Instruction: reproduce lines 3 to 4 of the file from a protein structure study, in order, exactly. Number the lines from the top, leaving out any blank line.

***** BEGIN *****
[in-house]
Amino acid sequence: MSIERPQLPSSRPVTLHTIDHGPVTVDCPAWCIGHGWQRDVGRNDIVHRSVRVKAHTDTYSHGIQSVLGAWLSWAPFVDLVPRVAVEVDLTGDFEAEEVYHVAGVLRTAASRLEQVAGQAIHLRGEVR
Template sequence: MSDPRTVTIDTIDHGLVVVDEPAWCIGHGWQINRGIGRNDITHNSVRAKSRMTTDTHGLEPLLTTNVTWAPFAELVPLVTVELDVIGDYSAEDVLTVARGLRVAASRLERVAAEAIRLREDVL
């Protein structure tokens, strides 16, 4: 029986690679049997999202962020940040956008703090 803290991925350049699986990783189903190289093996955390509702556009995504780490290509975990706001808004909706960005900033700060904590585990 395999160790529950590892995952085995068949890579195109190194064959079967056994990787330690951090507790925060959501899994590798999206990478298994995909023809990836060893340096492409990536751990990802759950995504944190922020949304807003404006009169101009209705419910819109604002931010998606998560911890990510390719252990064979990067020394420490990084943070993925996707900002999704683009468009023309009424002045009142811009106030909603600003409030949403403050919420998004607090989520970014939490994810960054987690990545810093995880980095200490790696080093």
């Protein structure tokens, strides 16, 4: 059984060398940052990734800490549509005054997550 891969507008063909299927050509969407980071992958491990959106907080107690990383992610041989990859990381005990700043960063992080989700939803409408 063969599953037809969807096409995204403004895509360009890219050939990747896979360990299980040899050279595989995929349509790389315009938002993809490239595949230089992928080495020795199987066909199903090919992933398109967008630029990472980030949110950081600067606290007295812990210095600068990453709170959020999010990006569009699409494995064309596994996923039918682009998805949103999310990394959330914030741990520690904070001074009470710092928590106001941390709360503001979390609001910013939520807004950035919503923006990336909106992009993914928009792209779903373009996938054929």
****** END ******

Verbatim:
Template sequence: MSDPRTVTIDTIDHGLVVVDEPAWCIGHGWQINRGIGRNDITHNSVRAKSRMTTDTHGLEPLLTTNVTWAPFAELVPLVTVELDVIGDYSAEDVLTVARGLRVAASRLERVAAEAIRLREDVL
């Protein structure tokens, strides 16, 4: 029986690679049997999202962020940040956008703090 803290991925350049699986990783189903190289093996955390509702556009995504780490290509975990706001808004909706960005900033700060904590585990 395999160790529950590892995952085995068949890579195109190194064959079967056994990787330690951090507790925060959501899994590798999206990478298994995909023809990836060893340096492409990536751990990802759950995504944190922020949304807003404006009169101009209705419910819109604002931010998606998560911890990510390719252990064979990067020394420490990084943070993925996707900002999704683009468009023309009424002045009142811009106030909603600003409030949403403050919420998004607090989520970014939490994810960054987690990545810093995880980095200490790696080093």